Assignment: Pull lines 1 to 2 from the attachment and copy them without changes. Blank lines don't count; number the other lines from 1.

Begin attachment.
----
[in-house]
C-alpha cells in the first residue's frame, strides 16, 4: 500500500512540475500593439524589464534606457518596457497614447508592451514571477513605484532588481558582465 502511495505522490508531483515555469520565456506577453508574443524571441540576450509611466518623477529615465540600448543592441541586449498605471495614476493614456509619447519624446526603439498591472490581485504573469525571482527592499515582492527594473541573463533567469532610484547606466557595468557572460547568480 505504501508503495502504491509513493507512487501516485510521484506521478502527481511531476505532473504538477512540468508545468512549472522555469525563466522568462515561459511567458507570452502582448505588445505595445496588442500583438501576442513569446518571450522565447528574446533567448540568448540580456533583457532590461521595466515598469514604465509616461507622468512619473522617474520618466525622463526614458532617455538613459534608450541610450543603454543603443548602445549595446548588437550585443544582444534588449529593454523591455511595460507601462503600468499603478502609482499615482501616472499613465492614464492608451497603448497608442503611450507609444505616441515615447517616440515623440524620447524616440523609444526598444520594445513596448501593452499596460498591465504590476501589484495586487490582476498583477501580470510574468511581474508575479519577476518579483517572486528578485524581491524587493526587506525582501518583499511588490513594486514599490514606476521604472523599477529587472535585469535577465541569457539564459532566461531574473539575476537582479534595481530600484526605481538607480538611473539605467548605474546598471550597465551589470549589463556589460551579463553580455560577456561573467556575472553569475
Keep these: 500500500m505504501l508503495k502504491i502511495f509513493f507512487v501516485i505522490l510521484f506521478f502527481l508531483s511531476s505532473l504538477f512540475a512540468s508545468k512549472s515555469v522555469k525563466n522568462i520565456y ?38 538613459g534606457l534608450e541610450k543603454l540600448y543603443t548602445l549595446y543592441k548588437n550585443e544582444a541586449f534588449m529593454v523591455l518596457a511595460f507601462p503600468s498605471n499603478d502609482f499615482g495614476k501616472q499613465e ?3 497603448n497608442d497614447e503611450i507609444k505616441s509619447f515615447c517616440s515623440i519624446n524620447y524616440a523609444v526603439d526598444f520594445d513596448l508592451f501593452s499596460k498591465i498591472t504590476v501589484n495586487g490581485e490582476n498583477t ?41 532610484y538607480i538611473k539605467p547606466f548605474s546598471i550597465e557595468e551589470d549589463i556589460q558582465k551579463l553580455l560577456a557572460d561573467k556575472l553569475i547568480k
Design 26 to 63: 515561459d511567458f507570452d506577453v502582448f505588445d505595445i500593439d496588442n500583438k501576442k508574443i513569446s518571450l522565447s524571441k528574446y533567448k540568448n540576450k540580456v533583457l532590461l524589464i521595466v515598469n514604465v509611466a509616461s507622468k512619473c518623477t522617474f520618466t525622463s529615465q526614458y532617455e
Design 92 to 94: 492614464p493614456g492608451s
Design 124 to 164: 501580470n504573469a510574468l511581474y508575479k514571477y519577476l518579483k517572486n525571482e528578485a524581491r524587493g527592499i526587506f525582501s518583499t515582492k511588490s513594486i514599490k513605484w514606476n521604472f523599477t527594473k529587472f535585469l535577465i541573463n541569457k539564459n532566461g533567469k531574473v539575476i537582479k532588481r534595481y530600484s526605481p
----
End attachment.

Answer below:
[in-house]
C-alpha cells in the first residue's frame, strides 16, 4: 500500500512540475500593439524589464534606457518596457497614447508592451514571477513605484532588481558582465 502511495505522490508531483515555469520565456506577453508574443524571441540576450509611466518623477529615465540600448543592441541586449498605471495614476493614456509619447519624446526603439498591472490581485504573469525571482527592499515582492527594473541573463533567469532610484547606466557595468557572460547568480 505504501508503495502504491509513493507512487501516485510521484506521478502527481511531476505532473504538477512540468508545468512549472522555469525563466522568462515561459511567458507570452502582448505588445505595445496588442500583438501576442513569446518571450522565447528574446533567448540568448540580456533583457532590461521595466515598469514604465509616461507622468512619473522617474520618466525622463526614458532617455538613459534608450541610450543603454543603443548602445549595446548588437550585443544582444534588449529593454523591455511595460507601462503600468499603478502609482499615482501616472499613465492614464492608451497603448497608442503611450507609444505616441515615447517616440515623440524620447524616440523609444526598444520594445513596448501593452499596460498591465504590476501589484495586487490582476498583477501580470510574468511581474508575479519577476518579483517572486528578485524581491524587493526587506525582501518583499511588490513594486514599490514606476521604472523599477529587472535585469535577465541569457539564459532566461531574473539575476537582479534595481530600484526605481538607480538611473539605467548605474546598471550597465551589470549589463556589460551579463553580455560577456561573467556575472553569475